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India wins back its Category 1 safety rating

US authorities have reinstated India’s Category 1 aviation safety rating after its embarrassing downgrade last year. In January 2014, the US Federal Aviation Administration (FAA) rated India as Category 2, meaning it joined a list of 11 countries – including Indonesia and Bangladesh – that have a less than perfect safety record.

US authorities have reinstated India’s Category 1 aviation safety rating after its embarrassing downgrade last year. In January 2014, the US Federal Aviation Administration (FAA) rated India as Category 2, meaning it joined a list of 11 countries – including Indonesia and Bangladesh – that have a less than perfect safety record.

In December 2013, the FAA highlighted 12 concerns with safety oversight in India, including a lack of training and a shortage of full-time flight operation inspectors. These problems, the US regulator says, have now been rectified after India’s government took “corrective action”, including hiring an extra 51 flight-safety inspectors and introducing a new certification process for its 34 flight-training schools.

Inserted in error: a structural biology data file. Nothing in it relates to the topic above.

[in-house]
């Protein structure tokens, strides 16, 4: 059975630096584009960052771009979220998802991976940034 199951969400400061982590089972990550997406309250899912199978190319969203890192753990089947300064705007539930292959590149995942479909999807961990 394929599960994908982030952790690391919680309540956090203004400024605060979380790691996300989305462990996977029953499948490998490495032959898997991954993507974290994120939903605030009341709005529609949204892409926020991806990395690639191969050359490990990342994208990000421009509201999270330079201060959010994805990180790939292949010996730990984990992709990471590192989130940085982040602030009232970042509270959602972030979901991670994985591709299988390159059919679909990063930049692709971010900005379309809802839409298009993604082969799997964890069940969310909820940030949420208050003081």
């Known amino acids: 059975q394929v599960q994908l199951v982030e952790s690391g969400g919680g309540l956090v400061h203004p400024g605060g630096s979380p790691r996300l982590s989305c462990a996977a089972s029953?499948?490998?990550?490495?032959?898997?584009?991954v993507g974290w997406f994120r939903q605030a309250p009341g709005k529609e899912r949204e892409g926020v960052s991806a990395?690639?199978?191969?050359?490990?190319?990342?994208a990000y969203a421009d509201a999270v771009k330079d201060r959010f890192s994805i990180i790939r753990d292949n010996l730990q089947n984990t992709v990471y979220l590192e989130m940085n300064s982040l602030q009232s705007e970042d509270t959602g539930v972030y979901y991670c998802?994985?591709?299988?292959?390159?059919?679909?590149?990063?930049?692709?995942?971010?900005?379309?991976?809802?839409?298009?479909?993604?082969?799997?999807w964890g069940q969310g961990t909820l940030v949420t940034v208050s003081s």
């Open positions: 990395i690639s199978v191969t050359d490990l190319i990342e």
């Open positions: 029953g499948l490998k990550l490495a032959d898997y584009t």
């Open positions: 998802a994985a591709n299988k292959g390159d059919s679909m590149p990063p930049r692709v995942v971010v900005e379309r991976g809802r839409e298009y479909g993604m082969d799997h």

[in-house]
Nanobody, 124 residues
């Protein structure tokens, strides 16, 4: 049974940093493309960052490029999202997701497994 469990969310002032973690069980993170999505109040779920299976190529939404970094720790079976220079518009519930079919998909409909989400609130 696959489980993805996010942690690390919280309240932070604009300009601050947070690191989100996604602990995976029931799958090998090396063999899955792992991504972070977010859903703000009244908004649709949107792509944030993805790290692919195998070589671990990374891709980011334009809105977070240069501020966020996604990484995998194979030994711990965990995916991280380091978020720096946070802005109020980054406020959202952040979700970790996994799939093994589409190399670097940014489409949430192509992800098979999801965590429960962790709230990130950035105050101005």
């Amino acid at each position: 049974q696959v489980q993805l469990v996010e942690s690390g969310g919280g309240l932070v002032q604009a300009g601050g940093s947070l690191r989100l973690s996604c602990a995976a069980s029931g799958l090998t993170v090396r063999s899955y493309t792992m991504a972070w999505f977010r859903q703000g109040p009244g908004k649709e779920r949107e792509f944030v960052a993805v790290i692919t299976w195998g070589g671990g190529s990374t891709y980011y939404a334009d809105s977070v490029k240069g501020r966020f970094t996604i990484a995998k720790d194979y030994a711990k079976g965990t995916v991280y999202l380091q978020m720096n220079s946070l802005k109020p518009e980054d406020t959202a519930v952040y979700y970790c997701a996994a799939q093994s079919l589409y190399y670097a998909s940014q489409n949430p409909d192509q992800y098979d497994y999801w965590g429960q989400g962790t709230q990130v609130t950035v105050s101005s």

The reinstatement is great news for Air India and Jet Airways (the only two Indian carriers that fly to the US) as the downgrade meant they couldn’t introduce new flights to the country.

The downgrade last year also meant that Jet and Air India were subject to increased scrutiny on existing flights into the US, and saw India’s aviation regulator, the Directorate General of Civil Aviation introduce surprise checks on its carriers every month in a bid to ensure safety.

The new higher safety rating leaves Jet and Air India free to follow through with their plans to increase the number of flights they make to the US and other countries, which they no doubt will soon.

It also enables India’s other airlines to introduce flights to the US and also to enter into codeshares with US-based carriers, which is great news for India’s burgeoning commercial aviation sector.

Here’s hoping that India’s government continues down this path and doesn’t let training of flight inspectors and staff shortages slide down the political agenda again.

India’s carriers would hate to see history repeat itself.

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